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A little help please...

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Wow, some very nice stuff being posted here lately.

Life and job have thrown an awful lot of stuff my way the last 6 weeks. I haven't been able to visit this forum very often, but when I needed a mental break this is the first placed I would drop into.... thanks for posting all of your great images.

Now for the request... A while back, Steve posted a very nice tutorial on blending layers in Photoshop to achieve an extended dynamic range. I can't seem to locate this post. If anyone has a link to that particular post, I would really appreciate if he/she could pass it on.

Thank you so much!!

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Its possible it got lost in the forum upgrades. I did a search and couldn't find it but Steve will be back this week and no doubt can post his procedure again.

I can give you two of my methods which are really quite simple. In the first If I want to lighten something I duplicate the photo so it is its own layer, and choose "screen" under the layer mode. I then create a layer mask of that layer and with a wide soft brush paint back in the dark areas I want to keep.

In Photoshop "screen" lightens and "multiply" darkens, so if you have a light sky to darken for instance select "multiply" as the layer mode. You can also adjust the opacity to give you the tone you want.

If you shot multiple photos at different exposures you can also use this method.

I do use two or three shots together in a sort of poor mans HDR to darken a sky or lighten a foreground. It is not great for detailed situations but in the case of skys and foregrounds it works well. For these sunset or sunrise shots I usually take an exposure for the sky and one for the foreground and blend the two together to get the dynamic range I want.

Here are two throw away shots that should illustrate what I mean followed by the final result. Takes about 1 minute to do this.

1. Open both or more photos in PS. I usually take the light shot and using the move tool along with the shift key drag the dark photo on top of the light. Using the shift key until dropping will perfectly position them together.

2. Take the top layer and add a layer mask to it. Make sure that the foreground colors palete on the left is set to black and white and the selected color is black. Now using a broad brush, making sure you have the mask active, paint to reveal the layer underneath. Change brush sizes, the opacity of the brush and switch to white to undo what you have done.

This works well with sky and foreground that has reasonable lines to work with, the pier shot may not be the best to use. HDR in this case may be a better option.

#1 Sky is good, the rest is underexposed.


#2 Overexposed sky, foreground looks good.


#3 Result. Remember I did this in less than a minute. You could do some tweaking to certain areas. Just switch between black and white, size of brush, opacity of brush, opacity of layer. Many adjustments you can make. Pardon the dirty sensor. The restaurant on the left I used about 40% opacity because revealing the light under neath made it to bright. The building under the ferris wheel would benefit from the same treatment, just to lazy to work it.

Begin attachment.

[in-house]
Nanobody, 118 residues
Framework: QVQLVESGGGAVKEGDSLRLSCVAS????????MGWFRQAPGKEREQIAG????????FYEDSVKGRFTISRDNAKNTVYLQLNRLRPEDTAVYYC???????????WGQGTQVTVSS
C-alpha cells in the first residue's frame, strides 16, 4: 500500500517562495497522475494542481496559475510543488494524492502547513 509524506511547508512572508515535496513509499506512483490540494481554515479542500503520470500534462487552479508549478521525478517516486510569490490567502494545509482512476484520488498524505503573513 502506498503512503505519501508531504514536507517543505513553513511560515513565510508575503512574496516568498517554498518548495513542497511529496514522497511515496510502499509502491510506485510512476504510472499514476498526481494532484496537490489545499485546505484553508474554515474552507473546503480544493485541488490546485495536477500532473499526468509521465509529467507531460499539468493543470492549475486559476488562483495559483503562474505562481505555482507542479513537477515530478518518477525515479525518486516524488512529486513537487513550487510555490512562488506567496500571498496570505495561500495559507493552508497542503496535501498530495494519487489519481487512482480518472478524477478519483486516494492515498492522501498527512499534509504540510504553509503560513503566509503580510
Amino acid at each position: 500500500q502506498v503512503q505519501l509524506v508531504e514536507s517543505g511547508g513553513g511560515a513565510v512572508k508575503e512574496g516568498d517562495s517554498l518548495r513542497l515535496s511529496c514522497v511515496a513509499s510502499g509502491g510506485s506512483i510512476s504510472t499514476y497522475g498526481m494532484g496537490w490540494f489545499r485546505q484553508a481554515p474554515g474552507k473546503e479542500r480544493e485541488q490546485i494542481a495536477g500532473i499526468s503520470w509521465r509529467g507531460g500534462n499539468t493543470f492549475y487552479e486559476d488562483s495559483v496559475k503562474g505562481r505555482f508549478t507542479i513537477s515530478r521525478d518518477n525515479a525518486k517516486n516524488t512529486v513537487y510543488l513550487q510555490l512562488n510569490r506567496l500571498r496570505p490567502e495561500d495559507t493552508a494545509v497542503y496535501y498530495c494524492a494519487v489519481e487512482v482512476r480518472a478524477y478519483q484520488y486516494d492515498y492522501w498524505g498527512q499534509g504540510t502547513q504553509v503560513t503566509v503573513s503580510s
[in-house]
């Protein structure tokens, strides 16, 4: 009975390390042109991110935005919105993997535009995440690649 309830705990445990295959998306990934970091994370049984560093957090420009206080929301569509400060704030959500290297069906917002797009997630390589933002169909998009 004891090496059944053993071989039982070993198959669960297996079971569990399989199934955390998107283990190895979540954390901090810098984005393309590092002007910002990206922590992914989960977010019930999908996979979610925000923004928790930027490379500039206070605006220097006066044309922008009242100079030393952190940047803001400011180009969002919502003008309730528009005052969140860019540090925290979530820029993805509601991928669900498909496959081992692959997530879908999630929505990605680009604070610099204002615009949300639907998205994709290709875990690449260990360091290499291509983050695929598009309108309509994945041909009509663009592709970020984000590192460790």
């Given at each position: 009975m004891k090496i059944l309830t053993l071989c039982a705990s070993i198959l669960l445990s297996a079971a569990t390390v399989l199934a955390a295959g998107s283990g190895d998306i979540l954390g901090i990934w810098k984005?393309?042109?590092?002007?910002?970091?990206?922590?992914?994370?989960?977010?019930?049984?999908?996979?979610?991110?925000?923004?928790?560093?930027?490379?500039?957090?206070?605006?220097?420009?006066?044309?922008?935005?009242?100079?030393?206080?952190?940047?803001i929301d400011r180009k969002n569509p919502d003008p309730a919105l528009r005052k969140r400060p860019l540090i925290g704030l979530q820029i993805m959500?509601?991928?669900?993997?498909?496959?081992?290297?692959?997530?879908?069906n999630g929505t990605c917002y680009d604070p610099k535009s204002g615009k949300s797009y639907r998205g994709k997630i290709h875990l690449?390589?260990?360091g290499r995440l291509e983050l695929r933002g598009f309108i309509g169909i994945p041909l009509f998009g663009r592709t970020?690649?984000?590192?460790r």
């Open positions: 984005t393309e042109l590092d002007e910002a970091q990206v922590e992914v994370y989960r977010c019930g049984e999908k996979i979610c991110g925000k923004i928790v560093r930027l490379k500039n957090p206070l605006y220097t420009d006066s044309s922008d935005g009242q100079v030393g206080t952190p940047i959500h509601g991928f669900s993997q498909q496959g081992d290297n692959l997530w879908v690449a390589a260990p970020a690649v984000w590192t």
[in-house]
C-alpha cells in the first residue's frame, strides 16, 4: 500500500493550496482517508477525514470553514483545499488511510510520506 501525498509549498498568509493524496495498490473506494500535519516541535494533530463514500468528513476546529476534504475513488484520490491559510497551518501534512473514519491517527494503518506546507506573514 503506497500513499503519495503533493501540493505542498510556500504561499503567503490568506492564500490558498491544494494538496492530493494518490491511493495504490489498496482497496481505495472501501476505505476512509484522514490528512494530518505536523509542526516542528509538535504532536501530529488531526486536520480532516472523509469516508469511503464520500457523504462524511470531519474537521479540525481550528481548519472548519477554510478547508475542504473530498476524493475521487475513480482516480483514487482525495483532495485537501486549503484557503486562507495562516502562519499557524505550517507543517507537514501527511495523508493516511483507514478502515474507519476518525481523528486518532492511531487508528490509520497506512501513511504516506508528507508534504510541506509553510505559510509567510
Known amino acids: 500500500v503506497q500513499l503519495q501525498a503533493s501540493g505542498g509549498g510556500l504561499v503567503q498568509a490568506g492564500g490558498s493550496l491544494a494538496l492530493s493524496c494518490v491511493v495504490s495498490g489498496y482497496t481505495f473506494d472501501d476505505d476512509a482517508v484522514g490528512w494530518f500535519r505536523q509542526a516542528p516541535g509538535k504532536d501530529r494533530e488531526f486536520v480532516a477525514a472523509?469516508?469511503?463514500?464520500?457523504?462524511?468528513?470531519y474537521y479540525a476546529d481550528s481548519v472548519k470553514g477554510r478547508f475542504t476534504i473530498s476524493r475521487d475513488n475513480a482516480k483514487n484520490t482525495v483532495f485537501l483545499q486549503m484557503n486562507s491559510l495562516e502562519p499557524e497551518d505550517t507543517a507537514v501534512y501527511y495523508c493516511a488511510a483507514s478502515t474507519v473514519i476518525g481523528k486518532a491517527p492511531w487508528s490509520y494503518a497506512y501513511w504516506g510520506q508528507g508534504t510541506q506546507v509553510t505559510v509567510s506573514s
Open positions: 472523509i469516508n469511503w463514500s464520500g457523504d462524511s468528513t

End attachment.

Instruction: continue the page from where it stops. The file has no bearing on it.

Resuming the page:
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I too would like to read that tutorial.

So, which version of PS are you using to make this work? I am currently using Photomatix to process 3 or more images into one. But with late night photos, the dark areas retain a lot of noise.

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Thanks for taking the time DBL for the detailed process. Very helpful!!

Definitely works well. I'm putting it into my bag o' processing tricks.

Still wouldn't mind seeing Steve's tutorial as well.

Thanks again for the very informative process Dbl.

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It's here.

The images have been deleted because I'm no longer using photobucket but that's not really a problem when following the steps.

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And here is one I just learned today, unreal what you pickup even after using Photoshop for a while. Have you ever used "Apply Image"? If you have a shot that you want to recover the lights or highlights, such as a sky that is blown out try this procedure. EXTREMELY fast and easy with pretty good results.

Lets use the shot above, with the sky too light.


Open the image and create an adjustment layer with levels. Take your black slider and move it to the right until your sky looks darker and suited to your taste. Say OK, you are now left with a silhouette shot.

Now go under "Image" and choose "Apply Image", accept the default parameters and say OK.

Violla, it creates its own mask!!


Really fast easy way to fix skies! Give it a try you will like it. Bet you didn't even know the tool existed! I didn't!

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